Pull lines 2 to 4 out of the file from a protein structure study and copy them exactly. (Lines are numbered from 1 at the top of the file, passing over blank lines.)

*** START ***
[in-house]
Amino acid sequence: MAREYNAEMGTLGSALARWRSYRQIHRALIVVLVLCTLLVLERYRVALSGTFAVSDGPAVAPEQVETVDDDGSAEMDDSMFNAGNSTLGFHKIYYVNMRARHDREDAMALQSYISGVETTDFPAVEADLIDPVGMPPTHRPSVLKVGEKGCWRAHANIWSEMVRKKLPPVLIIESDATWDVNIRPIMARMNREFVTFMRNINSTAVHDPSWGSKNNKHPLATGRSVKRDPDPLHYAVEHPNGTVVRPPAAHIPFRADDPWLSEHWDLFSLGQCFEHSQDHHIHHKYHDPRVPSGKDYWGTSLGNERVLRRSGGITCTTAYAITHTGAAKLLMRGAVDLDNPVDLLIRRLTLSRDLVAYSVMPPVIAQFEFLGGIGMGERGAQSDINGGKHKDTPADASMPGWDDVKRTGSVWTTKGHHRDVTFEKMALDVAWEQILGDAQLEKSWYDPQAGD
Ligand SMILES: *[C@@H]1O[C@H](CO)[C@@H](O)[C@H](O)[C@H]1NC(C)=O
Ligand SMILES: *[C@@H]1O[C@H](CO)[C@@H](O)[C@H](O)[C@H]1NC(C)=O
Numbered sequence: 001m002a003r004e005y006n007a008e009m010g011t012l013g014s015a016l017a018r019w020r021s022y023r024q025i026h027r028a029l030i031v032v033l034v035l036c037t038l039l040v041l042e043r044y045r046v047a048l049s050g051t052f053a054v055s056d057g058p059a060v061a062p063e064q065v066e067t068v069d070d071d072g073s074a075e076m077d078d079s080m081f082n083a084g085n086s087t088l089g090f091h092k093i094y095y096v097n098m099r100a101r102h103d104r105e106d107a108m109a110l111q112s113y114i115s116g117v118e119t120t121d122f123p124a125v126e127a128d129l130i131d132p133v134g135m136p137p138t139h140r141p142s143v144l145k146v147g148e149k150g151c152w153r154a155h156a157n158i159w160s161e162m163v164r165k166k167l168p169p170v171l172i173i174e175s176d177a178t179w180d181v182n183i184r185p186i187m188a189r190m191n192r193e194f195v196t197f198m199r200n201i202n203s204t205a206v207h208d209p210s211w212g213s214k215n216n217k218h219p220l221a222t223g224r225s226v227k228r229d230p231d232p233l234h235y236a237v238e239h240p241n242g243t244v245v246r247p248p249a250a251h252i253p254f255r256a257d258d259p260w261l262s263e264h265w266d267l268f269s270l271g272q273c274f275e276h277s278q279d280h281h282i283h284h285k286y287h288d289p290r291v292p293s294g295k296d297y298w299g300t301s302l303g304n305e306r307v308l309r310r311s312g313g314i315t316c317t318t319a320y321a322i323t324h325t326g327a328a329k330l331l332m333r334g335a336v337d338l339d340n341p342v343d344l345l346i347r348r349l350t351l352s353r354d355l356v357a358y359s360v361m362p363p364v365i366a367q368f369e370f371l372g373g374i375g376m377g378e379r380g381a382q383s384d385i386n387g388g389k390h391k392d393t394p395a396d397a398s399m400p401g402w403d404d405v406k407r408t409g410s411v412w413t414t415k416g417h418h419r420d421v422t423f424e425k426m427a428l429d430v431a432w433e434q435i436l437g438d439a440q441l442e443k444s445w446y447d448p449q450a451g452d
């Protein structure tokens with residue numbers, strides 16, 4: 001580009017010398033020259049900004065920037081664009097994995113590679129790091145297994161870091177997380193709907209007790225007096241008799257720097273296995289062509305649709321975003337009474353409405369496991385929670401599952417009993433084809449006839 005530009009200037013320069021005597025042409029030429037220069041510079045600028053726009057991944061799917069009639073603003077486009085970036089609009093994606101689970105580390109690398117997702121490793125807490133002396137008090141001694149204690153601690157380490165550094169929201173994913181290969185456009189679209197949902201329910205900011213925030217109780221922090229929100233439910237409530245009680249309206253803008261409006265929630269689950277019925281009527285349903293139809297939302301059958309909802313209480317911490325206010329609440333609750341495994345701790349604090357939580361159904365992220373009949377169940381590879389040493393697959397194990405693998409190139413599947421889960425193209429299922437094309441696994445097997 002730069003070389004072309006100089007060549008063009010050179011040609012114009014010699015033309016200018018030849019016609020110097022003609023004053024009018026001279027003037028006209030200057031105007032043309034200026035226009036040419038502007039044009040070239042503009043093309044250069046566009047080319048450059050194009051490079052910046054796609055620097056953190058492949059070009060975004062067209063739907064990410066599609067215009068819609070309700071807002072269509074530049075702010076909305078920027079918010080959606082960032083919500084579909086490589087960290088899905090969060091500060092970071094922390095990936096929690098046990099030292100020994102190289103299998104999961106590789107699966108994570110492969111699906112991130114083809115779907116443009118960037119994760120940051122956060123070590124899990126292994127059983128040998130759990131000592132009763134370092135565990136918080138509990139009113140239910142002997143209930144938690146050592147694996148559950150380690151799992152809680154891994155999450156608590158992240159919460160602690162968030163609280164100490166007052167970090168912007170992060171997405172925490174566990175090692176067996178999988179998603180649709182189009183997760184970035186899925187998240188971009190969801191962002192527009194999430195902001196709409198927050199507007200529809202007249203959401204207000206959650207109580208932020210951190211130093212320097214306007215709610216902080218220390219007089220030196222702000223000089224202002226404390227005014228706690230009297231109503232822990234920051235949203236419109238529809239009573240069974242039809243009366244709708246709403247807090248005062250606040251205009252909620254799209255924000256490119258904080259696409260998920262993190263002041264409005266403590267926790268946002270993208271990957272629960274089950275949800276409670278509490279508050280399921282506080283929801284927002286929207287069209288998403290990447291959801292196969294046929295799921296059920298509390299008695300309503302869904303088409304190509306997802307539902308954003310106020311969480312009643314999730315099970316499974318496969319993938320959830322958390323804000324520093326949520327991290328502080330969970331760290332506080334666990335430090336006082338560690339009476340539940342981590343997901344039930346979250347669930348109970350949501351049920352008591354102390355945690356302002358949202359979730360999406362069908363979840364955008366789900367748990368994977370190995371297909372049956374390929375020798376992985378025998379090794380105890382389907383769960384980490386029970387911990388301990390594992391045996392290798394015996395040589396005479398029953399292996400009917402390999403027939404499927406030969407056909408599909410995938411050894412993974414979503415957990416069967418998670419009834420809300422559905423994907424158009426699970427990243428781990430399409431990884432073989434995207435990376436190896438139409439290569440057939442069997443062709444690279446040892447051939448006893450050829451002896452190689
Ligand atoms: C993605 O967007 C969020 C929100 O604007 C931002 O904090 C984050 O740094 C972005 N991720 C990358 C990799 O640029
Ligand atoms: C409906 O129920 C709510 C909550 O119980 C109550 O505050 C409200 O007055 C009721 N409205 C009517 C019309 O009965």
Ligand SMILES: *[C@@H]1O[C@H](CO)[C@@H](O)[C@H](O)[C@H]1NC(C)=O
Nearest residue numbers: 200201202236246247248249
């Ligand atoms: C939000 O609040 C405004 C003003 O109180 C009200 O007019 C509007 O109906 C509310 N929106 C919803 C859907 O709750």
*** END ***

Amino acid sequence: MAREYNAEMGTLGSALARWRSYRQIHRALIVVLVLCTLLVLERYRVALSGTFAVSDGPAVAPEQVETVDDDGSAEMDDSMFNAGNSTLGFHKIYYVNMRARHDREDAMALQSYISGVETTDFPAVEADLIDPVGMPPTHRPSVLKVGEKGCWRAHANIWSEMVRKKLPPVLIIESDATWDVNIRPIMARMNREFVTFMRNINSTAVHDPSWGSKNNKHPLATGRSVKRDPDPLHYAVEHPNGTVVRPPAAHIPFRADDPWLSEHWDLFSLGQCFEHSQDHHIHHKYHDPRVPSGKDYWGTSLGNERVLRRSGGITCTTAYAITHTGAAKLLMRGAVDLDNPVDLLIRRLTLSRDLVAYSVMPPVIAQFEFLGGIGMGERGAQSDINGGKHKDTPADASMPGWDDVKRTGSVWTTKGHHRDVTFEKMALDVAWEQILGDAQLEKSWYDPQAGD
Ligand SMILES: *[C@@H]1O[C@H](CO)[C@@H](O)[C@H](O)[C@H]1NC(C)=O
Ligand SMILES: *[C@@H]1O[C@H](CO)[C@@H](O)[C@H](O)[C@H]1NC(C)=O